Public Corruption Scandal

Permit Expediter in SF Corruption Agrees to $1.7 Million Settlement

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San Francisco has reached a $1.7 million civil settlement with a major figure in the ongoing public corruption scandal, long-time permit expediter and contractor Walter Wong.

Wong, 70, agreed to plead guilty last June and has agreed to cooperate with federal prosecutors conducting a widescale probe into bribery and influence peddling that has implicated several top officials and contractors.

Under the settlement, Wong will pay $317,650 in penalties and fees for ethics violations along with paying back $1.45 million for obtaining contracts and grants through “non-competitive processes.”

The investigation showed that Wong had reaped contracts from Public Works, the SFPUC, and one grant administered by the City Administrator’s Office, which was then run by Naomi Kelly, who has since left after her husband was implicated in the scandal.  

Ousted SFPUC general manager Harlan Kelly is facing prosecution for allegedly accepting bribes from Wong.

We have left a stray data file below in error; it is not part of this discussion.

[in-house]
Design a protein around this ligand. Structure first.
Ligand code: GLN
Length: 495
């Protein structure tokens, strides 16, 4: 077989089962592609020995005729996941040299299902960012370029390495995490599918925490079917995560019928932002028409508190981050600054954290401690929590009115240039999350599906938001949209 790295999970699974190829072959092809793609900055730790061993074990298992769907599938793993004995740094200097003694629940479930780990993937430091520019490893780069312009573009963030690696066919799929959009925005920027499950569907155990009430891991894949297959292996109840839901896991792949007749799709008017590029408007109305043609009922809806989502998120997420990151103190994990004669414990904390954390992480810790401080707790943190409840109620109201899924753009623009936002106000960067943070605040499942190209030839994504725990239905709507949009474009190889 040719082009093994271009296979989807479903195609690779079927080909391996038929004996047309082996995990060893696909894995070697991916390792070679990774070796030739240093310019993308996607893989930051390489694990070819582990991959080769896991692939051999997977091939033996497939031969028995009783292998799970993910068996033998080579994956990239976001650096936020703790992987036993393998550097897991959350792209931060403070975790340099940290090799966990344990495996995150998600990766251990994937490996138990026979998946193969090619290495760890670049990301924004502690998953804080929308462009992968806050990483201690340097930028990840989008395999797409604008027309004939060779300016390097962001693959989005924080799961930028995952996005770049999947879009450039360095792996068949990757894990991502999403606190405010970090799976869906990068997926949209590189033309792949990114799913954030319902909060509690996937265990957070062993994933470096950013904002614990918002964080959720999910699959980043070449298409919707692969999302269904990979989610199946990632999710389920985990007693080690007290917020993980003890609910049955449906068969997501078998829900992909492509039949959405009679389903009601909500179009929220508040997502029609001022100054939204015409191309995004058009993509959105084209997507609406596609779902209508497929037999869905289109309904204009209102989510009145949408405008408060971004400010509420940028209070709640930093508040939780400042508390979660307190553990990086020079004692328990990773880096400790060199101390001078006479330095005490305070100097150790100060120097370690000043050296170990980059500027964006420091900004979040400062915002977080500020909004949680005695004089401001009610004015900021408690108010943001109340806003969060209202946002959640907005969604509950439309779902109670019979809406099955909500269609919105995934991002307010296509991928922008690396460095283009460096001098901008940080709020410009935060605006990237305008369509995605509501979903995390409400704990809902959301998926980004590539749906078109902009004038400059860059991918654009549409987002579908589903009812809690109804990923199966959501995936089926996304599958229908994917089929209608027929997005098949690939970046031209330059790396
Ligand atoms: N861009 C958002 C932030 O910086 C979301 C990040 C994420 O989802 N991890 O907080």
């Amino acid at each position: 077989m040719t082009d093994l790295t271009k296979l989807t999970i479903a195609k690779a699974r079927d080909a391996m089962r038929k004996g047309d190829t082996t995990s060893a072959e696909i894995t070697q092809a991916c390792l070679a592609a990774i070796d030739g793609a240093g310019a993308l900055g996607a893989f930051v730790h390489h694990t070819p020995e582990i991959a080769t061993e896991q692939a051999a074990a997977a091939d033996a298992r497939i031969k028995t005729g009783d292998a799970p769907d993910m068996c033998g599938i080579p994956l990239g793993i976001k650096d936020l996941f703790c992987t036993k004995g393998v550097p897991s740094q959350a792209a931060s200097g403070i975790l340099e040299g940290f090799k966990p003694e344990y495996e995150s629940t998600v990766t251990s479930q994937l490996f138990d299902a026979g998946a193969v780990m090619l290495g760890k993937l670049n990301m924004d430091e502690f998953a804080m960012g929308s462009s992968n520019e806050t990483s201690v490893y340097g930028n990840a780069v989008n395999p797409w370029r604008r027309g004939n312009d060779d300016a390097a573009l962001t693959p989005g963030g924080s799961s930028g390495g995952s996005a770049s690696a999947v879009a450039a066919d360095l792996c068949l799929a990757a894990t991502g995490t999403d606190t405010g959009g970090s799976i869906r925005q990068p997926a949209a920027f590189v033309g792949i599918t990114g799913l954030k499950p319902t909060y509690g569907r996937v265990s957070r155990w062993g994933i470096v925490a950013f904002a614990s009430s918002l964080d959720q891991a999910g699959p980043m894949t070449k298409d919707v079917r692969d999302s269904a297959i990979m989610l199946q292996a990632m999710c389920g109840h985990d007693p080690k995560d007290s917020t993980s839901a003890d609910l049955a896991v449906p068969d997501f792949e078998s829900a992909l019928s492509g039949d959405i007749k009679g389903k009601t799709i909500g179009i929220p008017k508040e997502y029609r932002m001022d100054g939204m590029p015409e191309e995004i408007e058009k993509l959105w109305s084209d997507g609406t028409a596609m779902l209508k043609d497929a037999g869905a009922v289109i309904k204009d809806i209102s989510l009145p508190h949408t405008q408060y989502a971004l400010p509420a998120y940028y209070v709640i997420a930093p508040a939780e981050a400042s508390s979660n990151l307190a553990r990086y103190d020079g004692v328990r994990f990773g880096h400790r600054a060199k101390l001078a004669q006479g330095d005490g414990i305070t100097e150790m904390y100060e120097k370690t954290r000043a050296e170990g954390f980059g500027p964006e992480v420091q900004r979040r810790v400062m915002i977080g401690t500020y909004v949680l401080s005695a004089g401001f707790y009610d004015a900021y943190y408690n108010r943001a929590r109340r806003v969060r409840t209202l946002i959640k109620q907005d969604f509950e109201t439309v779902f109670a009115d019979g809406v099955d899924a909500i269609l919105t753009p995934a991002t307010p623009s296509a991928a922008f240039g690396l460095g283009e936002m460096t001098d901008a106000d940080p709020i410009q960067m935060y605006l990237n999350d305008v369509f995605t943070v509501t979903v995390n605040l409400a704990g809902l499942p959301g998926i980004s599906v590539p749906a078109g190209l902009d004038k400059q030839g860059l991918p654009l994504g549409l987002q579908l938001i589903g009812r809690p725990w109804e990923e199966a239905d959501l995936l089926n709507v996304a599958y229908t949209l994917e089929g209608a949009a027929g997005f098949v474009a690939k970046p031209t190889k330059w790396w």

Prosecutors said Wong banked on his relationship with now-ousted public works chief Mohammed Nuru, who is facing multiple counts of bribery and lying to federal agents.

Among the projects Wong worked on as a permit expediter was 555 Fulton Street. Wong told prosecutors he bribed Nuru as well as the Kellys with a free trip to China, although Naomi Kelly contends she repaid Wong.

Federal prosecutors said the free China trip was to compensate Harlan Kelly for his insider help expediting the 555 Fulton Street project.

“San Francisco will not tolerate bribery and insider dealing,” said City Attorney Dennis Herrera, who Mayor London Breed recently named to replace Harlan Kelly at the SFPUC. “Everyone deserves clean government and a level playing field.”

The settlement bans Wong from city contracts for five years and keeps him from serving as a permit expediter.

“The City’s settlement agreement with Walter Wong extracts maximum administrative enforcement penalties for violations of local ethics laws,” ethics commission executive director LeeAnn Pelham said in a statement.

“It represents our determination to hold accountable those who disregard disclosure requirements designed to provide transparency to the public and prevent corrupting influences.”

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